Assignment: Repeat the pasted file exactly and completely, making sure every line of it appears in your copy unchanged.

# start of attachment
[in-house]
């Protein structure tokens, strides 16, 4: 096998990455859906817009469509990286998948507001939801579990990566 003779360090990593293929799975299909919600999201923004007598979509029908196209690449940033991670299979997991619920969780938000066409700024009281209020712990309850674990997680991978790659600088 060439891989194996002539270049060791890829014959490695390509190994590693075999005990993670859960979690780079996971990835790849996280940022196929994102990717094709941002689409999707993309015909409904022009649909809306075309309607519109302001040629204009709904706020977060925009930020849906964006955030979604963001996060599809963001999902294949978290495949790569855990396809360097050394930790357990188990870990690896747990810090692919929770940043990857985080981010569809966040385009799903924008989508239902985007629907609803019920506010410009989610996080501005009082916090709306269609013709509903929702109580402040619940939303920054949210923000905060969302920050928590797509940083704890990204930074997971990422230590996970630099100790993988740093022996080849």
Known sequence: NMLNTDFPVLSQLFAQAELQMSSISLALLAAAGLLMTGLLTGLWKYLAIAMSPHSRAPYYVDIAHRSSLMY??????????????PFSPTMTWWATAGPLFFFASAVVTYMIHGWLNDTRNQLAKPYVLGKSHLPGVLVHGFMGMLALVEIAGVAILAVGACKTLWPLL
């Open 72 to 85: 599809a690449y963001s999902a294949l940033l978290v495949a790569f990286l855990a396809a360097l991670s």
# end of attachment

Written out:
[in-house]
């Protein structure tokens, strides 16, 4: 096998990455859906817009469509990286998948507001939801579990990566 003779360090990593293929799975299909919600999201923004007598979509029908196209690449940033991670299979997991619920969780938000066409700024009281209020712990309850674990997680991978790659600088 060439891989194996002539270049060791890829014959490695390509190994590693075999005990993670859960979690780079996971990835790849996280940022196929994102990717094709941002689409999707993309015909409904022009649909809306075309309607519109302001040629204009709904706020977060925009930020849906964006955030979604963001996060599809963001999902294949978290495949790569855990396809360097050394930790357990188990870990690896747990810090692919929770940043990857985080981010569809966040385009799903924008989508239902985007629907609803019920506010410009989610996080501005009082916090709306269609013709509903929702109580402040619940939303920054949210923000905060969302920050928590797509940083704890990204930074997971990422230590996970630099100790993988740093022996080849």
Known sequence: NMLNTDFPVLSQLFAQAELQMSSISLALLAAAGLLMTGLLTGLWKYLAIAMSPHSRAPYYVDIAHRSSLMY??????????????PFSPTMTWWATAGPLFFFASAVVTYMIHGWLNDTRNQLAKPYVLGKSHLPGVLVHGFMGMLALVEIAGVAILAVGACKTLWPLL
């Open 72 to 85: 599809a690449y963001s999902a294949l940033l978290v495949a790569f990286l855990a396809a360097l991670s």